Fear grips the coast of England in Apple TV+’s new miniseries The Essex Serpent. But does fear divide people, or unite them? The first two episodes, “The Blackwater” and “Matters of the Heart,” give us a more complicated answer to that question.
Based on a 2016 novel by Sarah Perry, The Essex Serpent opens in 1890s London and follows Cora Seaborne (Claire Danes), a recent widow. Intrigued by news of a giant serpent haunting the Essex village of Aldwinter, Cora leaves London to investigate. Meanwhile, pastor Will Ransome (Tom Hiddleston) tries to calm the people of Aldwinter, who fear the mystical terror lurking beyond the shoreline. When Cora and her young son (Caspar Griffiths) come to town, Will and his wife Stella (Clémence Poésy) welcome her with a warmth otherwise lacking in the frigid town.
The marriage of contrast and contradiction is the heart of the series. Aldwinter’s muted grays and blues are punctuated by stark reds in Cora’s coats and scarves. Will privately states that as a pastor he cannot be doubtful, yet tells his congregation that he too “lives with doubt and fear.” Will’s unshakeable devotion to Stella is rocked by Cora’s boldness.
Though Aldwinter is haunted by sightings of “the Essex serpent,” the true conflict lies within Cora and Will. Cora, a keen scientist, and natural historian, only trusts what she can see for herself. Will, as a man of God, sees reason as a counterpart to faith. The pair debate over the existence of the serpent as a metaphor for evidence versus belief. Their lively discussions unite them despite their differences of opinion, and their burgeoning attraction cannot be ignored for long.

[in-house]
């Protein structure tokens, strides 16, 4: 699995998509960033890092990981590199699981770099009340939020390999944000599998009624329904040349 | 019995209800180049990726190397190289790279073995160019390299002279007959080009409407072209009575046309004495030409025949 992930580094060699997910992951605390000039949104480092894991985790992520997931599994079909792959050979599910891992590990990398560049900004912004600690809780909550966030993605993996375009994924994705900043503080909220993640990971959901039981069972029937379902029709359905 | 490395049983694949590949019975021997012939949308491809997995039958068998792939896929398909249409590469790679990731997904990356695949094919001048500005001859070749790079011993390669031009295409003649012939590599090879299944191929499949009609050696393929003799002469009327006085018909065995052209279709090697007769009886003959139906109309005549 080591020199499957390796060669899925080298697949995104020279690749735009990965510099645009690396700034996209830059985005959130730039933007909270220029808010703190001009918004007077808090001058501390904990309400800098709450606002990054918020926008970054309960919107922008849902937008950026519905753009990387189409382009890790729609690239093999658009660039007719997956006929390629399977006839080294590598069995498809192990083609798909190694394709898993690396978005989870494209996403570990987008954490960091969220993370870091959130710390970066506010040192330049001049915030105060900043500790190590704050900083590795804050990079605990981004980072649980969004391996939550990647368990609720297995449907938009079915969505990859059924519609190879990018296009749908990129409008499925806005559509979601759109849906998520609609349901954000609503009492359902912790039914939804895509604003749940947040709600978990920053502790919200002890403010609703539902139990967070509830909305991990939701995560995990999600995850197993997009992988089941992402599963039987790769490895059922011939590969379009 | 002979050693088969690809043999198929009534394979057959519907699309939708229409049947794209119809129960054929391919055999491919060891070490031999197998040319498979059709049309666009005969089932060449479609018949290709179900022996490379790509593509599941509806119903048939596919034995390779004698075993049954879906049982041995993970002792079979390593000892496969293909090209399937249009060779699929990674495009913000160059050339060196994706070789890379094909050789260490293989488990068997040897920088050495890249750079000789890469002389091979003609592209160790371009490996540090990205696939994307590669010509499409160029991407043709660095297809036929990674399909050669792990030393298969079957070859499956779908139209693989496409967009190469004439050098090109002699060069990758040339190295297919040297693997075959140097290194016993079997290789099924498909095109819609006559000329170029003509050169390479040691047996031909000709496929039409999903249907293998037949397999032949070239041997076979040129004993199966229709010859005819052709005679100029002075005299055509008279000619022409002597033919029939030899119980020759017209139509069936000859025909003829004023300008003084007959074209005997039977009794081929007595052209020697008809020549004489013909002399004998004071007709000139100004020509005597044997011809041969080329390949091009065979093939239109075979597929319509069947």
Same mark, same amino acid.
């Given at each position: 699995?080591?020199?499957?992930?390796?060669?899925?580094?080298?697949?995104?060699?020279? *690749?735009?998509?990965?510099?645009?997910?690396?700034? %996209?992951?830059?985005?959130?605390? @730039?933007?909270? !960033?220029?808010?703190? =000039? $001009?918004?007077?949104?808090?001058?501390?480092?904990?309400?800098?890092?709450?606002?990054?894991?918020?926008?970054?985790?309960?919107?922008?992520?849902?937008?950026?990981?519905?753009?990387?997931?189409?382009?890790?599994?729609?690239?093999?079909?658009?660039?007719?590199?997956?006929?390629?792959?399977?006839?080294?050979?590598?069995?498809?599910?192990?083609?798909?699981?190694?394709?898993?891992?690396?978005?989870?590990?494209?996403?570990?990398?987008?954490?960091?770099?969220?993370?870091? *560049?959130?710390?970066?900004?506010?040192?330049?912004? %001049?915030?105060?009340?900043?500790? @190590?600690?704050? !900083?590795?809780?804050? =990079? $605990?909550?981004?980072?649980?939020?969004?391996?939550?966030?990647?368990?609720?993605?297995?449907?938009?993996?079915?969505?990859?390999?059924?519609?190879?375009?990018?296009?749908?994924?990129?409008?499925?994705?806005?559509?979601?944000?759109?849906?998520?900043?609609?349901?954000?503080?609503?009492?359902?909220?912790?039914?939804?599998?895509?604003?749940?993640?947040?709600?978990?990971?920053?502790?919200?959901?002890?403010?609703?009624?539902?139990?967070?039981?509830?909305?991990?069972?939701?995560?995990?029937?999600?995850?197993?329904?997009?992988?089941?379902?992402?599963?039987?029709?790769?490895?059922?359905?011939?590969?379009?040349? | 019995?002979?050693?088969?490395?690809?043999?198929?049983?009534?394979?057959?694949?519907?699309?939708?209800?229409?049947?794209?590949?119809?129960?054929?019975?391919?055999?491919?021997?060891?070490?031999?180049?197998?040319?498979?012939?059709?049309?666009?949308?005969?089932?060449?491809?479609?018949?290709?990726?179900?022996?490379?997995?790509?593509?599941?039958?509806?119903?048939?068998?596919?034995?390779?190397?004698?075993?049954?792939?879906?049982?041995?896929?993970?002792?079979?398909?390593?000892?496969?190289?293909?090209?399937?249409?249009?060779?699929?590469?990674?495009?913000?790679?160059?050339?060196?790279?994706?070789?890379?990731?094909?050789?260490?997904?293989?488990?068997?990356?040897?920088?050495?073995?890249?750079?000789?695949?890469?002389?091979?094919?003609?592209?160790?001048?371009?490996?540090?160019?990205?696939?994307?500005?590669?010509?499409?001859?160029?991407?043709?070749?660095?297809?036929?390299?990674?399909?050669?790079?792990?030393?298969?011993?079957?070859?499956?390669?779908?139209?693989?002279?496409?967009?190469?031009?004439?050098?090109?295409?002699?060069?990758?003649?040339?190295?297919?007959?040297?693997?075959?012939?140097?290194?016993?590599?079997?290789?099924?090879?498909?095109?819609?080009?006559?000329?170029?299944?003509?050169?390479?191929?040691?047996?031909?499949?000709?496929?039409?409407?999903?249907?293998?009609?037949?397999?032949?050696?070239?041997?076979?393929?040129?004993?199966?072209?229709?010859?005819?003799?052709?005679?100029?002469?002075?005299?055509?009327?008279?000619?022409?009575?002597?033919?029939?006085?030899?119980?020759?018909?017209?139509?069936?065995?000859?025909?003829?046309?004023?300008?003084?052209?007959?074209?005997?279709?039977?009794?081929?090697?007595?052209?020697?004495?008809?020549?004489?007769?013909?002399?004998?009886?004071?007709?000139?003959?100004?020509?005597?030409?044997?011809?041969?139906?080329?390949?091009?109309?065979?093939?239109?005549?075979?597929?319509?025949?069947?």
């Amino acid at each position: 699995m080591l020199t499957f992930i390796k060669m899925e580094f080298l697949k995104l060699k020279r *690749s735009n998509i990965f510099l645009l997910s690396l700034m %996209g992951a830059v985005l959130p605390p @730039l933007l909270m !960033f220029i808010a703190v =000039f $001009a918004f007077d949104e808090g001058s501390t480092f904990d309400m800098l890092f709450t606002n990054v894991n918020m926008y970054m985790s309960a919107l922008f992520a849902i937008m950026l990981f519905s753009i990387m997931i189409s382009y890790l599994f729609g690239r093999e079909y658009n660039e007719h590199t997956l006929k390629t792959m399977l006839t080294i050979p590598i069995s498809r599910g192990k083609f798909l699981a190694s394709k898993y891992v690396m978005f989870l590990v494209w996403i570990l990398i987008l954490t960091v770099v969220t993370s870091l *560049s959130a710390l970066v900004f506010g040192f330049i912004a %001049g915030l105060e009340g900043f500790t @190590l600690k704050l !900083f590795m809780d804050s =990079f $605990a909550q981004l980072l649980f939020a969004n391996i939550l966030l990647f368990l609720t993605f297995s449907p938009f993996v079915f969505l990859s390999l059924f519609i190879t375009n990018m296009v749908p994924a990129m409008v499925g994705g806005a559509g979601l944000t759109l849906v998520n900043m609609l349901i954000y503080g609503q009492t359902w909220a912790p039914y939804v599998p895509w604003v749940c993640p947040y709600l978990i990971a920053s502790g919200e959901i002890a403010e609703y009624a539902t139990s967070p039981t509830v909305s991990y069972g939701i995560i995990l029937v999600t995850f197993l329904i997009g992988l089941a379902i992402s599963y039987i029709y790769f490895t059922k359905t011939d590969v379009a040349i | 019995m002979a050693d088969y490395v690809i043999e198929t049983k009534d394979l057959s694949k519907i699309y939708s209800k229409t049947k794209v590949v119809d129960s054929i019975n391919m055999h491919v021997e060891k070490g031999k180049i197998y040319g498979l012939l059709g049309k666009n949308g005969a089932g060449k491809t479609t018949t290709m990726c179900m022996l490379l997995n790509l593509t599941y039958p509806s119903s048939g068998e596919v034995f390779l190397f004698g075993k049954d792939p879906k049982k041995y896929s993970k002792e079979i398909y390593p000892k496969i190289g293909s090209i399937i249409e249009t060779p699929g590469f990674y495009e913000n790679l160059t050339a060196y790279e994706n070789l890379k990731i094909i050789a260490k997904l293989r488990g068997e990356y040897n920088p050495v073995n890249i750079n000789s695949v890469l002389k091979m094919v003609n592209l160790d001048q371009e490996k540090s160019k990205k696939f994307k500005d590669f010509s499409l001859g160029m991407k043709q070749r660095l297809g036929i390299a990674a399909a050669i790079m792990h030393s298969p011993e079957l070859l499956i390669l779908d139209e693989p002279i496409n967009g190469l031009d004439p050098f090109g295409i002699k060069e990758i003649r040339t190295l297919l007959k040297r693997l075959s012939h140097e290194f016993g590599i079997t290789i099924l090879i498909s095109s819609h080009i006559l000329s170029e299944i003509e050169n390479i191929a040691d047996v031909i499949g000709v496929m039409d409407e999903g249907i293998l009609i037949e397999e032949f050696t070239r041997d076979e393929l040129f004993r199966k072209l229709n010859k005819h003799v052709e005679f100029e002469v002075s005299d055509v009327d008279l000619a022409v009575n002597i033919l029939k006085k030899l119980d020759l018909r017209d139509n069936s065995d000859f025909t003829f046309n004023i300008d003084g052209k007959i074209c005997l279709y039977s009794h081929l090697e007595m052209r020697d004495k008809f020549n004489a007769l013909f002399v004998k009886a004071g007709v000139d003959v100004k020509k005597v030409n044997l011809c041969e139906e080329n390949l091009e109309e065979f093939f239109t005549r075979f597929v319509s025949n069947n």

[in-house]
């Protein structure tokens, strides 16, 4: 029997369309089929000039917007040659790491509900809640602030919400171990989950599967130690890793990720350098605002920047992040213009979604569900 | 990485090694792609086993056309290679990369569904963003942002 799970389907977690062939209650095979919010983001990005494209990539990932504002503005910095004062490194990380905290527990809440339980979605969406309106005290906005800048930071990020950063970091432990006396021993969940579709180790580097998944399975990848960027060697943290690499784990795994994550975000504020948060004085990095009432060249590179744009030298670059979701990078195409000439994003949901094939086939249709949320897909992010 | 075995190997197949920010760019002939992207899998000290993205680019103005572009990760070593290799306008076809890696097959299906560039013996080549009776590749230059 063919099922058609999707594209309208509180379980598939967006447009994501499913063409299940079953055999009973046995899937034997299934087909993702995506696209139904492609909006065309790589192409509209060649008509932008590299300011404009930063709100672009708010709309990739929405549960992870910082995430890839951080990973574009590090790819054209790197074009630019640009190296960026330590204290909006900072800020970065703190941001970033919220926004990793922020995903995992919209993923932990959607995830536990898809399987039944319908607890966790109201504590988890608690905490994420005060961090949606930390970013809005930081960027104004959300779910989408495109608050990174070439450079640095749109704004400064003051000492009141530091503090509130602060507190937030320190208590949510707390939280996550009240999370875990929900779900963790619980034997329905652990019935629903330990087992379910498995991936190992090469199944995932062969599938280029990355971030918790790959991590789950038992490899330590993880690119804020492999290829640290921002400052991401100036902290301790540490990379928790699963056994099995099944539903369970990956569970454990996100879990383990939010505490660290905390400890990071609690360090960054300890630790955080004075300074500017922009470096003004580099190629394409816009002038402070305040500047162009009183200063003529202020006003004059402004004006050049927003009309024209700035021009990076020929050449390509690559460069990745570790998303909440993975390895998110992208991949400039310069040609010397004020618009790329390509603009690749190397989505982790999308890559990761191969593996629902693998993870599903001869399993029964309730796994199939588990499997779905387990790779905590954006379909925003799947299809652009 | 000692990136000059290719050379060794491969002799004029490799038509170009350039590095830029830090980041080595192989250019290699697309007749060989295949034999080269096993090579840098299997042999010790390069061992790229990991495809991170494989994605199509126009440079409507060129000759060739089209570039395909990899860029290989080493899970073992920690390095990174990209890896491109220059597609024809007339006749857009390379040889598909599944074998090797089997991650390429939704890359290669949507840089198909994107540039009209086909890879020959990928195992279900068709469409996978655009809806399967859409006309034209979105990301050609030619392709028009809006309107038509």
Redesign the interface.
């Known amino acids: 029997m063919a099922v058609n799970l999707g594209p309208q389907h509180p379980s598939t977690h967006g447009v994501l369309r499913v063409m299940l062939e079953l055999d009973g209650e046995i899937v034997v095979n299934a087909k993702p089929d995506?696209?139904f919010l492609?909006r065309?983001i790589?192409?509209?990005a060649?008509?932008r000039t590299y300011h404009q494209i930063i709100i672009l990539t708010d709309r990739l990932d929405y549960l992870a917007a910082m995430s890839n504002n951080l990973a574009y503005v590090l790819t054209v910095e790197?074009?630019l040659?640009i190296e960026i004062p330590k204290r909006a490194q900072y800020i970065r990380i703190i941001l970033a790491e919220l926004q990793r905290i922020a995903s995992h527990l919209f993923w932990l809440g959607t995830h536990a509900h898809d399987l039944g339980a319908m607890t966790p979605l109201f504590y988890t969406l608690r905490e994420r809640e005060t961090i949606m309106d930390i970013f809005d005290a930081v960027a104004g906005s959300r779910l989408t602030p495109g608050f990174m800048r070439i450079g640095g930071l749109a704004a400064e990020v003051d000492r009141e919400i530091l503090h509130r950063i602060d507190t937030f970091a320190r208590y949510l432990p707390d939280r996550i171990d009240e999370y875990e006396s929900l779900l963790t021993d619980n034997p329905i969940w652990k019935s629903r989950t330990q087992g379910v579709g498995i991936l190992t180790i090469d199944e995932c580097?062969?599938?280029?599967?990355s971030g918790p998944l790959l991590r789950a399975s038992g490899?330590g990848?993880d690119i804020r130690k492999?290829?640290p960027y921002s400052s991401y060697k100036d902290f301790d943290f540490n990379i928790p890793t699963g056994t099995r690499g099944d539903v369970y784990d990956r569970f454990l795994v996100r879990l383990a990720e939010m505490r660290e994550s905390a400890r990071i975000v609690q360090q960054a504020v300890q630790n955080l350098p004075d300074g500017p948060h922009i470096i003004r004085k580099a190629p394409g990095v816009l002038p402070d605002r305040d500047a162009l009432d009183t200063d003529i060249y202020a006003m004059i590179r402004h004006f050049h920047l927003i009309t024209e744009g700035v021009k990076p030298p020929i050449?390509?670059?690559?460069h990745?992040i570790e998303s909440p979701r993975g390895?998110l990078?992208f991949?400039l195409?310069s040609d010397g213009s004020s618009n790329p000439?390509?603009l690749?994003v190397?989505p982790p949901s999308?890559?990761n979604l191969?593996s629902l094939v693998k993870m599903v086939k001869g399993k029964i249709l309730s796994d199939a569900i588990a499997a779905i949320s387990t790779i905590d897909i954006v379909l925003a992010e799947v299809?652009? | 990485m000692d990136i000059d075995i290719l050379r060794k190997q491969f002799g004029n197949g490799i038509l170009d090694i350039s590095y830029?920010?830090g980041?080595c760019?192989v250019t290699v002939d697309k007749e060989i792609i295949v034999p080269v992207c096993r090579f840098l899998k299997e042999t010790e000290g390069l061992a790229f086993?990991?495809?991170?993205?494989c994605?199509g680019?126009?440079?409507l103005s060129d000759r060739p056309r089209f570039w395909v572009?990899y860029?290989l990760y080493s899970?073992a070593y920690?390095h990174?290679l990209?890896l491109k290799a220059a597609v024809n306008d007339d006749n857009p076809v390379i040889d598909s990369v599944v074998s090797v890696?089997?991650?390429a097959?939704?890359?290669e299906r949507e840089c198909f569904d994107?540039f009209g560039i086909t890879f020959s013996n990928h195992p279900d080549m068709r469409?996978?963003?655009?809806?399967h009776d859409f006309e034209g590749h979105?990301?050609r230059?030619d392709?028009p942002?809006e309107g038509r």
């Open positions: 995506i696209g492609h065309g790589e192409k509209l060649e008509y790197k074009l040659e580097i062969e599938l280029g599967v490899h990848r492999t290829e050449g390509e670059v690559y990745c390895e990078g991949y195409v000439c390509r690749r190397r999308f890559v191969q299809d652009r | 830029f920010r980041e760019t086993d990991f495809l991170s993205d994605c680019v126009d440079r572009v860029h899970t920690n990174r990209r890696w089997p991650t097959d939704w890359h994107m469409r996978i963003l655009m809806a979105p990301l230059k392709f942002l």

The elements of The Essex Serpent move like a living tapestry, or perhaps like the mystical serpent itself. Clio Barnard’s direction is full of life and passion. Jane Petrie’s costumes are architectural masterworks of cloth and thread, with puffed sleeves and sweeping coats that trail across the landscape. Danes and Hiddleston (in his first non-Marvel role in quite some time) are an electric match of wits. Poésy’s friendly Stella is a beam of light against the Aldwinter fog.
The only flaw in The Essex Serpent so far is the lack of clear integration between the main plot and two subplots focusing on Cora’s friends in London. Her son’s nanny Martha (Hayley Squires) is a socialist exploring housing reform, while Cora’s friend Dr. Luke Garrett (Frank Dillane) experiments with surgical methods. As Cora is not central to either plotline, their purpose alongside the main story is not immediately clear. Still, both touch on subjects not often seen in 19th century period dramas, and provide interesting historical perspectives.
The Essex Serpent is a rewarding watch for fans of the novel. Decorative details are nods to the book: Stella’s clothed in dreamy shades of blue, and Cora’s address is the same as in the novel. It incorporates the details of the book without alienating those who have not read it. It’s a masterful way to execute a book adaptation.
Anchored by engaging performances, The Essex Serpent takes its time to build the tension, giving its unsettling, enchanting story room to unfold. Let The Essex Serpent slither onto your watchlist, and prepare to be ensnared.
The Essex Serpent drops new episodes Fridays on Apple TV+.